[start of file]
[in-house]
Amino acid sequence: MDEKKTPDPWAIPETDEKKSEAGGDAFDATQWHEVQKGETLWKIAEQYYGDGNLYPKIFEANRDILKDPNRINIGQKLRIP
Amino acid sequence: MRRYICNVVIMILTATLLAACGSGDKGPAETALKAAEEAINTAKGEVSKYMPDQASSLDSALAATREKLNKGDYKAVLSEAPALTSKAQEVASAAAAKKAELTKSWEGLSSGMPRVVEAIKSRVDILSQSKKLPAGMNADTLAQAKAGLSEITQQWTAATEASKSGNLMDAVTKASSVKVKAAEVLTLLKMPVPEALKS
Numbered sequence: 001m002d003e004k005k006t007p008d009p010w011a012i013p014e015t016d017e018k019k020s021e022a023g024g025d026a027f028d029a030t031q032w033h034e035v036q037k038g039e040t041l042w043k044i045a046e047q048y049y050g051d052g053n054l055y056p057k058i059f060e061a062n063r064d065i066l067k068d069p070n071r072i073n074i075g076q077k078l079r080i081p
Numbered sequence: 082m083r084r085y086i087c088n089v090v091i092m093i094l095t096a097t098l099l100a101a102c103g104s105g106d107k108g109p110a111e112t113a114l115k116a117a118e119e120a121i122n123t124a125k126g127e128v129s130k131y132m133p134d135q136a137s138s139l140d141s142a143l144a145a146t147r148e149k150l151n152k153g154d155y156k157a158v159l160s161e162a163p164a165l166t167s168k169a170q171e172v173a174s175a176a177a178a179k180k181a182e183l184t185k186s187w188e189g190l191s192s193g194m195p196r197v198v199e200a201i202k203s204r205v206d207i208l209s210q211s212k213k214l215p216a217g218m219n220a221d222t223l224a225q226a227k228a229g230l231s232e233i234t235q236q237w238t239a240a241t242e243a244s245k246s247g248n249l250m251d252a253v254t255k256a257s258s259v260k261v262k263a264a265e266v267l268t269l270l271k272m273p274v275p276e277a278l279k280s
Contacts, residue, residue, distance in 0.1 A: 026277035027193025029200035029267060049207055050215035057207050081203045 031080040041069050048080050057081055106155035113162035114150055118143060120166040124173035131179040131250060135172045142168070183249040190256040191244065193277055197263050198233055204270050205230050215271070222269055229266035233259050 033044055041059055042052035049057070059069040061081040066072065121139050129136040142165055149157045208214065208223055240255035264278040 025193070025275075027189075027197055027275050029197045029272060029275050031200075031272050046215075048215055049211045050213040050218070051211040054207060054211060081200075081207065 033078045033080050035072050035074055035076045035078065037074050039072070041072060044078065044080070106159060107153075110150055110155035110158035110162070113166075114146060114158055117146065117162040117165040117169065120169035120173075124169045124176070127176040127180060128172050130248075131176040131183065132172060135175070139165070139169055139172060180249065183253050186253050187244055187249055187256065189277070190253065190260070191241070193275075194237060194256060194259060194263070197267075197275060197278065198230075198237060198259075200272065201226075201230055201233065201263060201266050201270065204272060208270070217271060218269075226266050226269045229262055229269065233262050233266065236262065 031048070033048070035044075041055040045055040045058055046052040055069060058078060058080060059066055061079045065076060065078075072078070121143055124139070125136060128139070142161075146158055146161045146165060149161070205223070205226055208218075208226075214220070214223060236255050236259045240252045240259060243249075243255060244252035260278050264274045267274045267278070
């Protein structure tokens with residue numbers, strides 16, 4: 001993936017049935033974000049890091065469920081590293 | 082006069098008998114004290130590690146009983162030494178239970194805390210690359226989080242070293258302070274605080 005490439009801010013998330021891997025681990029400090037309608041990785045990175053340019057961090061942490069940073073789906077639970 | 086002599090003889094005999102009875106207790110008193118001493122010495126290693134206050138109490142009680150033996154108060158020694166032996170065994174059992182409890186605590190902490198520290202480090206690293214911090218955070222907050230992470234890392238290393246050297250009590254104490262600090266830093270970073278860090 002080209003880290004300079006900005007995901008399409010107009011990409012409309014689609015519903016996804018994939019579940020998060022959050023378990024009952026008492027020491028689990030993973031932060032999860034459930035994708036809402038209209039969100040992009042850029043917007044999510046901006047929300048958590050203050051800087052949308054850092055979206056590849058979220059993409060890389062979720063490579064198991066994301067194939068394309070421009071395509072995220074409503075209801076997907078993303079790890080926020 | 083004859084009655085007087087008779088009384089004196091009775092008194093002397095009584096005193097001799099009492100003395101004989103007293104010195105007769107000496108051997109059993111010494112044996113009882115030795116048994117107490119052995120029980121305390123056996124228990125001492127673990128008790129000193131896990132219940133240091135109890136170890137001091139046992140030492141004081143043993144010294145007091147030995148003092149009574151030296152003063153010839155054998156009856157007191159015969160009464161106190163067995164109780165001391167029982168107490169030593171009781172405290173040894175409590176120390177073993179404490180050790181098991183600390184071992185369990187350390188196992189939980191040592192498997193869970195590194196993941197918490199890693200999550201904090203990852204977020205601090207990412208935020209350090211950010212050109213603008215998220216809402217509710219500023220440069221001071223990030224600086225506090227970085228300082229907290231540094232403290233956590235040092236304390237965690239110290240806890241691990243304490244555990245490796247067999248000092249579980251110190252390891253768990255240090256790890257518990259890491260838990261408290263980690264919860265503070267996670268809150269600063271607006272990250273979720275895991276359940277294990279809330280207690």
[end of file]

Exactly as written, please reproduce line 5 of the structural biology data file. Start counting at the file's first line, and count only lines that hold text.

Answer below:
Numbered sequence: 082m083r084r085y086i087c088n089v090v091i092m093i094l095t096a097t098l099l100a101a102c103g104s105g106d107k108g109p110a111e112t113a114l115k116a117a118e119e120a121i122n123t124a125k126g127e128v129s130k131y132m133p134d135q136a137s138s139l140d141s142a143l144a145a146t147r148e149k150l151n152k153g154d155y156k157a158v159l160s161e162a163p164a165l166t167s168k169a170q171e172v173a174s175a176a177a178a179k180k181a182e183l184t185k186s187w188e189g190l191s192s193g194m195p196r197v198v199e200a201i202k203s204r205v206d207i208l209s210q211s212k213k214l215p216a217g218m219n220a221d222t223l224a225q226a227k228a229g230l231s232e233i234t235q236q237w238t239a240a241t242e243a244s245k246s247g248n249l250m251d252a253v254t255k256a257s258s259v260k261v262k263a264a265e266v267l268t269l270l271k272m273p274v275p276e277a278l279k280s